It was about 80 miles to Rangiroa, an overnight sail. Throughout the night, the winds continued to build. We don't have a wind meter on board, but we guessed it to be consistently 30 knots with gusts to 35 or so. It was the most wind that we'd seen while underway on our journey so far. It was definitely the only time that we'd had waves crash over the side of the boat and into the cockpit. We had our full BC rain slickers on! We had only a very, very, tiny bit of our genoa (head sail) out - and we still were going up to 8 knots in the gusts (3-4 knots in the lulls). And although we were worried that the furling system would buckle under the strain, we realized that our storm sails were even bigger than the tiny bit of canvas that we were flying. The boat handled the weather fine. And we made it to Rangiroa in time for the optimum tide. Although the tide was rising, and it should have been an incoming tide, we still had a couple knots of outgoing current.

As a note of interest, during times of heavy wind and waves, the current and tides in the atoll passes can change dramatically. Normally, there is an ingoing and outgoing current in the pass that roughly follows the tide. During heavy weather in some atolls, there is a lot of water pushed over and between the small motus (islets), filling up the lagoon. This can create a continual outgoing current in the passes, even when the tide should be rising!

Throughout the storm, there was chatter on the radio. Two other boats had decided to leave Apataki when we did, and there were at least three other boats en route to Rangiroa from elsewhere. It was great to know that other boats were nearby. And we also got to hear what their wind indicators were showing - winds of 30 to 35 with gusts up to 39. WOW.

Our Position (Apataki): 15°20.96'S and 146°11.66'W

Thursday, June 17, 2010

The Cruisers' Party Line: VHF Radio

While out cruising, our main method of communicating with other cruisers is the VHF radio. It has a range of up to 25 miles, and all boats have one. Most boats have two or more. We have one main unit, with two microphones, and a handheld that we can take to shore.

So, for you landlubbers, the basic process is you call the boat you want to chat with on channel 16, which everyone monitors. Then you arrange to move your conversation to another channel. At this time, any number of boats may also move to that channel to get the scoop on whatever fascinating bit of info you might be chatting about. Most radios even have a 'dual-watch' feature, which enables you to monitor channel 16 and another channel at all times...the ultimate in eavesdropping convenience.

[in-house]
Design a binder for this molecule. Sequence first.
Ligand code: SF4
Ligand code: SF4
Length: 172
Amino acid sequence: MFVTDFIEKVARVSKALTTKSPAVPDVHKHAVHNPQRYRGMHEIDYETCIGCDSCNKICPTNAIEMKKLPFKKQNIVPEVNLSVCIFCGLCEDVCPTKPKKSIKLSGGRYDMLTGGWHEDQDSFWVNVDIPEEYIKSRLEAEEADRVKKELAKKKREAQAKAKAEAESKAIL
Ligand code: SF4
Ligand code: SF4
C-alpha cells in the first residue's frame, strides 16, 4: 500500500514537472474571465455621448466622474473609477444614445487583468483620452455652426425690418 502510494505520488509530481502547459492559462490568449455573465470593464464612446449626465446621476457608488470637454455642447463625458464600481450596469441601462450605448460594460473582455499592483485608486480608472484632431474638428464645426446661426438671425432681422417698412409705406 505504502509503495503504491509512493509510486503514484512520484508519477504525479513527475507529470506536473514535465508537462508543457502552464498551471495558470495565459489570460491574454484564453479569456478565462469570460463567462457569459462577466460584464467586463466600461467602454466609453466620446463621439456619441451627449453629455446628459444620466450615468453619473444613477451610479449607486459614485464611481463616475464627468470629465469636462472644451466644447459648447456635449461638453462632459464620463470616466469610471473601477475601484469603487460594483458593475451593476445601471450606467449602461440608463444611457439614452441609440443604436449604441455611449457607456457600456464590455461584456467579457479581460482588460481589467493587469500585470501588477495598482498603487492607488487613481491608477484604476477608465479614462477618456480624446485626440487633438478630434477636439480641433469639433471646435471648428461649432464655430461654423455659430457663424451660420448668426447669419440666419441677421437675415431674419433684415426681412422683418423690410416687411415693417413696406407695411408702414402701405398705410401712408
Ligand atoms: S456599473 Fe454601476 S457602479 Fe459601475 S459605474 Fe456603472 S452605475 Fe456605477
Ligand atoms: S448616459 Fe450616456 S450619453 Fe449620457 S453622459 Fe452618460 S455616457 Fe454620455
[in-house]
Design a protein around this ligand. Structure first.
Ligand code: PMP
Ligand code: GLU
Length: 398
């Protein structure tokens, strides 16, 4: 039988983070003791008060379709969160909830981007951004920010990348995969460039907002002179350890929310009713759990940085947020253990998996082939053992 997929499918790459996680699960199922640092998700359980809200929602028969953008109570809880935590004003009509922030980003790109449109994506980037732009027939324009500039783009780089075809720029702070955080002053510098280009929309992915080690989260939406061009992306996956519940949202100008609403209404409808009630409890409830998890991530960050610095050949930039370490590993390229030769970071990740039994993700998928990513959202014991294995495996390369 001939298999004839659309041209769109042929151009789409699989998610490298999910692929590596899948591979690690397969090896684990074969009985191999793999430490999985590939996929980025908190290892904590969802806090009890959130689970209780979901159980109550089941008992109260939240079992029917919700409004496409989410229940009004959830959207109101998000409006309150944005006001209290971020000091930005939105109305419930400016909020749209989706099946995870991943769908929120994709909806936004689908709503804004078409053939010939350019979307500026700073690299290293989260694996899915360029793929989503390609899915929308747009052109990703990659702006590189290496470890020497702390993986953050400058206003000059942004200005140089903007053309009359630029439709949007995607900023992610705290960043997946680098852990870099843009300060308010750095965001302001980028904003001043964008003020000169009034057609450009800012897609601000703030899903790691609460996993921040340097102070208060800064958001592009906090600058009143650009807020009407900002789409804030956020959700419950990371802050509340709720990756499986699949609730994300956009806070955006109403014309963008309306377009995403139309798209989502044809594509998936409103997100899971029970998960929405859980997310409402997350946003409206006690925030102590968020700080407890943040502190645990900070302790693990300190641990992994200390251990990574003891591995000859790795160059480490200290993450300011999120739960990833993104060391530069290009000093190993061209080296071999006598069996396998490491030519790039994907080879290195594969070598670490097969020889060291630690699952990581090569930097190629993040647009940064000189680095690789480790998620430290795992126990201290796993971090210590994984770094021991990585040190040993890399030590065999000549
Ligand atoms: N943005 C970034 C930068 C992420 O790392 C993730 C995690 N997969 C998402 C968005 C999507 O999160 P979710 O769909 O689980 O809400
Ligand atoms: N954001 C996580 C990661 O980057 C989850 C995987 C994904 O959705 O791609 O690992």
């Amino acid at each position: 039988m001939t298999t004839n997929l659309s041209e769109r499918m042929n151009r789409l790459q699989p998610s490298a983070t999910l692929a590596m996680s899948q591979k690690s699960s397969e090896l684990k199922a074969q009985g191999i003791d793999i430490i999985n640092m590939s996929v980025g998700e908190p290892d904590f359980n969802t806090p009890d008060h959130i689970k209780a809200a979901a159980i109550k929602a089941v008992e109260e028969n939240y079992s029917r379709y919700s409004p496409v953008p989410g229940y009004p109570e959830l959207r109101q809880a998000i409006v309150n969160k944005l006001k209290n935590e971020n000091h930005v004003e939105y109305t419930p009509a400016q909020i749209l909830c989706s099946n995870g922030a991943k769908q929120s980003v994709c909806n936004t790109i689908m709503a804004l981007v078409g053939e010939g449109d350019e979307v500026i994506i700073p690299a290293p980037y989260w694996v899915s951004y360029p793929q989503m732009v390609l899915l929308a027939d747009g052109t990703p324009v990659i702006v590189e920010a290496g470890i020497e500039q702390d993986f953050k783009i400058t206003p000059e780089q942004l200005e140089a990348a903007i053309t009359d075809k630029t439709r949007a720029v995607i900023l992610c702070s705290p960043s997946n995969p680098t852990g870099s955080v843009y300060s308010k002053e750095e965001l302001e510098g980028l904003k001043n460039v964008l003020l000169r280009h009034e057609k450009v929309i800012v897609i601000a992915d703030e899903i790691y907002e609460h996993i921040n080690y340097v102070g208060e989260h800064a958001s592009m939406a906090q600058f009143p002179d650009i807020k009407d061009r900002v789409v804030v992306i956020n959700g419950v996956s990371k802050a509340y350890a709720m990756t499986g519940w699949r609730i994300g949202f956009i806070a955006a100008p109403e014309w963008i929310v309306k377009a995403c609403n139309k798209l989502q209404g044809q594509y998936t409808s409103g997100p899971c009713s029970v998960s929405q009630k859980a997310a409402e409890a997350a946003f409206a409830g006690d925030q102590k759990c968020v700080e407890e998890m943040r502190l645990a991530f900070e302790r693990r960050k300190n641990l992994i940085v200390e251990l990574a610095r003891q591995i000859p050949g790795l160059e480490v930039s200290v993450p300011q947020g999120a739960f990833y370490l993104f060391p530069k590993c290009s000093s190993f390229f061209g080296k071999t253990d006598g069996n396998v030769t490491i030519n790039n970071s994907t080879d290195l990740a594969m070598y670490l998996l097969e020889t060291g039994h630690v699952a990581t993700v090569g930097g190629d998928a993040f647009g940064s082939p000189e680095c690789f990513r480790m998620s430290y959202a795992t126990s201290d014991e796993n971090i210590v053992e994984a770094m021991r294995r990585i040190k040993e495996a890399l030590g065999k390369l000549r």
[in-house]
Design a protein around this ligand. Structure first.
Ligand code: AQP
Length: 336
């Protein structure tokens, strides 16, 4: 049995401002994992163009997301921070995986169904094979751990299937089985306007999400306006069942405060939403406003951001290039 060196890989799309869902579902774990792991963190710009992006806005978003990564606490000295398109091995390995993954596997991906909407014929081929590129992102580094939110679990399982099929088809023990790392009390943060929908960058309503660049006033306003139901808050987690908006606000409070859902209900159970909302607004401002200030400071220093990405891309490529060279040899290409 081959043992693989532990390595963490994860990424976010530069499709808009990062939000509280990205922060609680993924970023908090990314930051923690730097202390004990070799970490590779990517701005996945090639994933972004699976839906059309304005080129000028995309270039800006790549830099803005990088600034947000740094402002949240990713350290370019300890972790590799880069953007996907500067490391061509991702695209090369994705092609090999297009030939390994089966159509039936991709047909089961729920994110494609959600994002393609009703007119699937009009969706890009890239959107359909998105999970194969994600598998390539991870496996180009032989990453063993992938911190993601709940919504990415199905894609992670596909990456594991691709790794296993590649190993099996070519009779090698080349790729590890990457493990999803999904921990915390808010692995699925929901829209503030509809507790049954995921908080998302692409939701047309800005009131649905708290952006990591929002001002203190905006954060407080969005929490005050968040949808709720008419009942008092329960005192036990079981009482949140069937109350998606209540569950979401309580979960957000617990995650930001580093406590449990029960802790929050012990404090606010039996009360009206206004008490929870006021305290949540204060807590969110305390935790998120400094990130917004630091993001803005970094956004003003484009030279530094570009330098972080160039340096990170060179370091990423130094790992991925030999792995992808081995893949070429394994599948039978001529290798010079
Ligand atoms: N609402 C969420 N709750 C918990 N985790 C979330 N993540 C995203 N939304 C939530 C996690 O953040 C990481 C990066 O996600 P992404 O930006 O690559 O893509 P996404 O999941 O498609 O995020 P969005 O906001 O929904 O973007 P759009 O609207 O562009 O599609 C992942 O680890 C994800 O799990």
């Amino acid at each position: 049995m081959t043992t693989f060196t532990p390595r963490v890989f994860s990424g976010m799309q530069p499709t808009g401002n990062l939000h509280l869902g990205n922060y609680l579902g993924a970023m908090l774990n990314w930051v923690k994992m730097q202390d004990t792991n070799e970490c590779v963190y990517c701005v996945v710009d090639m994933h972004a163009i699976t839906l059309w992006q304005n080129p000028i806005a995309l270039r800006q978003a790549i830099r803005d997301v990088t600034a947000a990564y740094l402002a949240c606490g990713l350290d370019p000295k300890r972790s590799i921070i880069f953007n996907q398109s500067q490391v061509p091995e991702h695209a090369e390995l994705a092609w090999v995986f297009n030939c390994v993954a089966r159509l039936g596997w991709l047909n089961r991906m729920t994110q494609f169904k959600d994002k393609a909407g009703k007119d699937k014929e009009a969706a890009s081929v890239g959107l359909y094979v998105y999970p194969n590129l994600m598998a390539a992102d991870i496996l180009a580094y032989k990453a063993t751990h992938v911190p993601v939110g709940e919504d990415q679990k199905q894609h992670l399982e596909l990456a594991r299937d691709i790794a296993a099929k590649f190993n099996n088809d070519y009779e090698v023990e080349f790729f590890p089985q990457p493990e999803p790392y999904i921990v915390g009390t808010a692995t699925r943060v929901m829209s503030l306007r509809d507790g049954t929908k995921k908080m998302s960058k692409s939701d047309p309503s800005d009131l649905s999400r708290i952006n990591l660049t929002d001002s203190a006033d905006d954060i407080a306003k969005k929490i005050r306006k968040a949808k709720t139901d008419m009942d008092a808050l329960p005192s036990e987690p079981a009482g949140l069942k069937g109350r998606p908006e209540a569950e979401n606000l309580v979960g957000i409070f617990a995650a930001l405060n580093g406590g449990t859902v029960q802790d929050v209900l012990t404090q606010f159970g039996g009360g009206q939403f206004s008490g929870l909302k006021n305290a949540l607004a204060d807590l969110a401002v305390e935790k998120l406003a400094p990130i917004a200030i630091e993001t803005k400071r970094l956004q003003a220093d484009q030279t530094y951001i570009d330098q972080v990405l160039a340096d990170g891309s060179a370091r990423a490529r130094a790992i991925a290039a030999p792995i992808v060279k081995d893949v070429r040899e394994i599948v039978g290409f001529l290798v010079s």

John and I have had our share of fun lurking on the VHF, and any boater who denies having listened in is absolutely fibbing!! But...we've gotten pretty tired of the constant chatter in the busier anchorages, and listening in to others talk about their dinner plans, or their next anchorage, gets a bit tiring, not to mention that you often need to physically drop whatever you are doing to go and change the channel, so we rarely have the energy or interest anymore to do much lurking.

But...for Amy and Strahan, this was a new phenomenon and the source of endless entertainment. As a result of constant listening and channel changing, Amy was in the know. She could tell you which boat was dining where, and with whom. And who was leaving the anchorage, and where they were heading. Who was going snorkeling and at what time. And so on.

Sure is quiet around here these days...

Sunday, June 13, 2010

Toau - Lobster for Breakfast, Lunch and Dinner!

After Amy and Strahan left us, we grabbed a few more provisions, loaded up at the bakery, and attempted to weigh anchor. Of course it was stuck among several coral heads, and I needed to dive down to investigate, and to direct John in the direction to steer the boat in order to untangle us! We were shocked that we had managed to get so ensnared, as we had only just dropped the hook the night before. Oh well. We managed to get ourselves free within about 45 minutes, we were on our way.

We had a calm day, and motor-sailed about 20 miles to Toau, a small atoll north-west of Fakarava. We headed to the south end, where we anchored with Capaz and IO. Once we arrived I did my usual snorkel to check on our anchor, and changed our zinc while I was there. This zinc only lasted two months...we sure go through them fast in these tropical waters.